Home Free Lab ReportsOlmec style art form is represented in Maya

Olmec style art form is represented in Maya

Olmec style art form is represented in Maya, the Aztecs and other later civilizations in the region, leaving the Olmecs as the origin of all succeeding artistic traditions in Mesoamerica. Hector Neff, Professor at California State University Long Beach, with a focus in Archaeology, Mesoamerica, and Southwest United States, agrees that the Olmec civilization can be emphasized as a “mother-culture.” There was no other influence at the time of the spread of the Olmec culture. Many archaeologist agree that the Olmec heartland that began in San Lorenzo had no precedent. Yet, Olmec-style artifacts discovered outside of the Gulf Coast of San Lorenzo, the Olmec heartland, raises evidence of influence the Olmecs had on less complex societies which incorporates the interpretation of “mother culture.” Influences such as, pottery decorations, vessel forms, and vessel orifice diameters, whether influenced through travel or trade, the Olmec style art spread outside the Gulf Coast.
Researchers discovered that the Early Olmec art styles were created in San Lorenzo followed by exportation. Analysis done through plasma mass spectrometry (LA-TOF-ICP-MS), conducted by Cheetham and others apart of the American Psychological Association state, “Olmec vessels were decorated in the San Lorenzo region before being exported to the Pacific Coast, and that Gulf Coast hematite was exported to Canton Corralito, where it Olmec-style symbolism on locally produced vessels.” The decorated vessels created by the Olmecs were exported from San Lorenzo, yet, the influence of the art style that carried on afterwards with the local art production in Canton Corralitio, later creating the influences of art spreading throughout Mesoamerica.
Many speculate that modern day soccer would represent the ancestral ballcourt games influenced by the Olmecs. Several stone ballcourts have been discovered in multiple sites that predate the rise of the Maya civilization by nearly over 1,000 years. In Nahuatl, the Aztec language, the word Olmec means “rubber,” and presently represents the trees along the Gulf Coast which produces rubber. Researchers have discovered finely preserved latex rubber balls dating to 1,600 BC, which coincides with the beginning of the Olmec civilization at the site of El Manatí in Veracruz, speculating that the balls might have been used for ritual ballgames. Influenced by the Olmecs, in later Maya politics, the ballgame was majorly played in participation of a ceremony to increase alliances, celebrate victories, and sometimes used in sacrificial practices. Archaeologists are now suggesting how the Olmec grew as the focal point during their critical period, thereby, creating a framework for the Maya civilization in the first millennium BC.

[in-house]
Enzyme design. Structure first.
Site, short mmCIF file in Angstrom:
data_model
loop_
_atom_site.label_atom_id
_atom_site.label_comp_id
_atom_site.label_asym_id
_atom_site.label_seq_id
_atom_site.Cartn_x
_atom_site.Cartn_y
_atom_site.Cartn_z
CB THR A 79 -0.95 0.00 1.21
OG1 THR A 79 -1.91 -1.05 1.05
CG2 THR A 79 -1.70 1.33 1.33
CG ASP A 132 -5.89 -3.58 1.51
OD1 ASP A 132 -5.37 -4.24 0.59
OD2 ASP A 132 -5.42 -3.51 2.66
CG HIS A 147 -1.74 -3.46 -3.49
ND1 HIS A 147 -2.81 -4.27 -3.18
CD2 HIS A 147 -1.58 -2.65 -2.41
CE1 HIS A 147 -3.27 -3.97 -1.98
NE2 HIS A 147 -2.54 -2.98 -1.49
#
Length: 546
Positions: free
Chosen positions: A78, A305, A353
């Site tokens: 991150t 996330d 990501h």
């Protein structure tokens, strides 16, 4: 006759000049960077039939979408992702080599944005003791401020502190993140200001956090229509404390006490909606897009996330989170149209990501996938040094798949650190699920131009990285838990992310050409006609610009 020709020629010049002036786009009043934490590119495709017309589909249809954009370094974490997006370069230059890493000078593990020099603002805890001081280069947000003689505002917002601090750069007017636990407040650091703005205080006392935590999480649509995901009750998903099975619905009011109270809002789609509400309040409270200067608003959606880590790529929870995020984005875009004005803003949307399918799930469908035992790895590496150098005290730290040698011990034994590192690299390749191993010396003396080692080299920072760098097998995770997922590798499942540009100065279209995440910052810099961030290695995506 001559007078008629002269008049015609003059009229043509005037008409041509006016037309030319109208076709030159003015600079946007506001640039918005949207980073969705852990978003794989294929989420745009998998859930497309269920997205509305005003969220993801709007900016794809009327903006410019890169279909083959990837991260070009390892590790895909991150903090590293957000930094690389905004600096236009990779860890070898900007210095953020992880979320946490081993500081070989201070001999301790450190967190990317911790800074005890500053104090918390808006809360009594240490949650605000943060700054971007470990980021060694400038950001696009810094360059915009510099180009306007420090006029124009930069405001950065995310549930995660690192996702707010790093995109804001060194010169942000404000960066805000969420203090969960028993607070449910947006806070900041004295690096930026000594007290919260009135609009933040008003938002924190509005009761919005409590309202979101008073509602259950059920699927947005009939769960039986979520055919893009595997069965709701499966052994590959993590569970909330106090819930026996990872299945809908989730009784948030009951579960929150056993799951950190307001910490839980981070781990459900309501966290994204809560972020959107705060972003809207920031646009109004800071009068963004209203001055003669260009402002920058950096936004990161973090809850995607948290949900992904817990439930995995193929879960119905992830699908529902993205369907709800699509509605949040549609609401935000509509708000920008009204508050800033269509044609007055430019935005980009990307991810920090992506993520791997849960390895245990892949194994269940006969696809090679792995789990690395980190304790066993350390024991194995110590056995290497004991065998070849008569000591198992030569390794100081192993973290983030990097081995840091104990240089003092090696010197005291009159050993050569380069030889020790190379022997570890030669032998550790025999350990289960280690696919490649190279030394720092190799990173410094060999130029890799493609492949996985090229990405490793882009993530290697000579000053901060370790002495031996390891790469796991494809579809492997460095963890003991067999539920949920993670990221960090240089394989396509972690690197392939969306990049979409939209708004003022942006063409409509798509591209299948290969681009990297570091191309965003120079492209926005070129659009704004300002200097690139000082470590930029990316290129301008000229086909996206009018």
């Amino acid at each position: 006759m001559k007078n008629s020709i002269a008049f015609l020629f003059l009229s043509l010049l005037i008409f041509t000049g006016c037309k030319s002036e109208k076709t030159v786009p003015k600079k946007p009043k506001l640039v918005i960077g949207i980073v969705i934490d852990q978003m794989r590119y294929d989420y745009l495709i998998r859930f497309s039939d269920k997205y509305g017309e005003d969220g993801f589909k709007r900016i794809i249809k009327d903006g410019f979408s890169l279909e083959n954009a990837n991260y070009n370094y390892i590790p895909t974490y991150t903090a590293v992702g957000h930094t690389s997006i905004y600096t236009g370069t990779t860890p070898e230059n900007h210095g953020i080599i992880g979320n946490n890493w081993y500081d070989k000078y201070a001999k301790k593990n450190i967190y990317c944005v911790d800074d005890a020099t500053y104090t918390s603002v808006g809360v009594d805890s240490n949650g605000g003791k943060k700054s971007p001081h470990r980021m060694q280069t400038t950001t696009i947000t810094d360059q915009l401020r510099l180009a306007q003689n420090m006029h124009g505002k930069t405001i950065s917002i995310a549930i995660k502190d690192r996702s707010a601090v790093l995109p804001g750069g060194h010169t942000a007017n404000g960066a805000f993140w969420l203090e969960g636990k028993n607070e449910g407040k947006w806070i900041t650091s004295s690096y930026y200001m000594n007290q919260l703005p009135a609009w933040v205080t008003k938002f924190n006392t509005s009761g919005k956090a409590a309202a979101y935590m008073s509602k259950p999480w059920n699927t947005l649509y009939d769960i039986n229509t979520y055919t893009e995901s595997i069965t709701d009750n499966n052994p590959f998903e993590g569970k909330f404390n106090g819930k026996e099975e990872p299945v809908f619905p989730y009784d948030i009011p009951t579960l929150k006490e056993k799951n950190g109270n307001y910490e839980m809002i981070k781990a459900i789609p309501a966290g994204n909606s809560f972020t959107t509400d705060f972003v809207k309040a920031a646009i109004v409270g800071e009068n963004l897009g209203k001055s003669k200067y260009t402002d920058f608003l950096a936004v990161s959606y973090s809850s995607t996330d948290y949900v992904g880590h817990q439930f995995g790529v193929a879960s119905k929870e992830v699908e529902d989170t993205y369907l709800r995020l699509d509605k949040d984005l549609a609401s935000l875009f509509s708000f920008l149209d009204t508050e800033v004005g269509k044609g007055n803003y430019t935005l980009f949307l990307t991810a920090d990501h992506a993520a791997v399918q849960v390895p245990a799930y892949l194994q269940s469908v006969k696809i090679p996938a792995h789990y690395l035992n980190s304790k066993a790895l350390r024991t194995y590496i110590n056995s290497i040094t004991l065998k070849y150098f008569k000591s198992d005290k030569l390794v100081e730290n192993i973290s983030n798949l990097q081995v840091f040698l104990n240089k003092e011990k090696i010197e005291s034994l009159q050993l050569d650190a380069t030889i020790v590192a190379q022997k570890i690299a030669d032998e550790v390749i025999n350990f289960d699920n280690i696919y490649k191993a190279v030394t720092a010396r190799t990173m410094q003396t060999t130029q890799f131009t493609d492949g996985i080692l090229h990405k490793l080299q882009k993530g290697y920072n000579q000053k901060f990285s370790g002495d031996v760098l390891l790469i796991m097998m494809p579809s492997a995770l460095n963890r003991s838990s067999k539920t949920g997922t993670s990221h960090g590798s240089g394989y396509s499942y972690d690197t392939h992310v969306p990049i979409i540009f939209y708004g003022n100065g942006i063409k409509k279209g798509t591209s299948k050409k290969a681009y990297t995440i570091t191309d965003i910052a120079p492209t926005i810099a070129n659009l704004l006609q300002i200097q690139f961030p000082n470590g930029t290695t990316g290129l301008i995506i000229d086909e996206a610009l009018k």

From art, to ballcourts, to developing civilizations that influenced and adapted into Mesoamerican history, the Olmecs also created the first written language. Although, many debate as to what is consider written language, the Olmecs in fact had written communication that centralized various meanings from one to another. Near Tabasco, southeastern Mexico, researchers discovered a ceramic cylinder and greenstone plaque covered with symbols, possibly used for body decoration during a ceremonial feast, through radiocarbon dating, this artifact dates to 650 BC, indicates the Olmecs may have developed the first written language. Researchers suggest that the Olmec symbols or characters on cylinders could have innovated language in the Americas. Following the Olmecs, Maya script and calendars resembles earlier Olmec characters, which gives evidence of possible influence of Olmec on later deriving cultures like the Aztec. This discovery debunks previous theories by many researchers claiming that the Zapotecs created or were America’s first writer’s, through analysis, the Zapotecs scripts date nearly 350 years after the Olmec symbolized cylinders. According to debates, many cannot agree and question whether the symbols discovered on the Olmec cylinders were simply pictures or drawings of objects, imitation of people or if they were records of spoken language.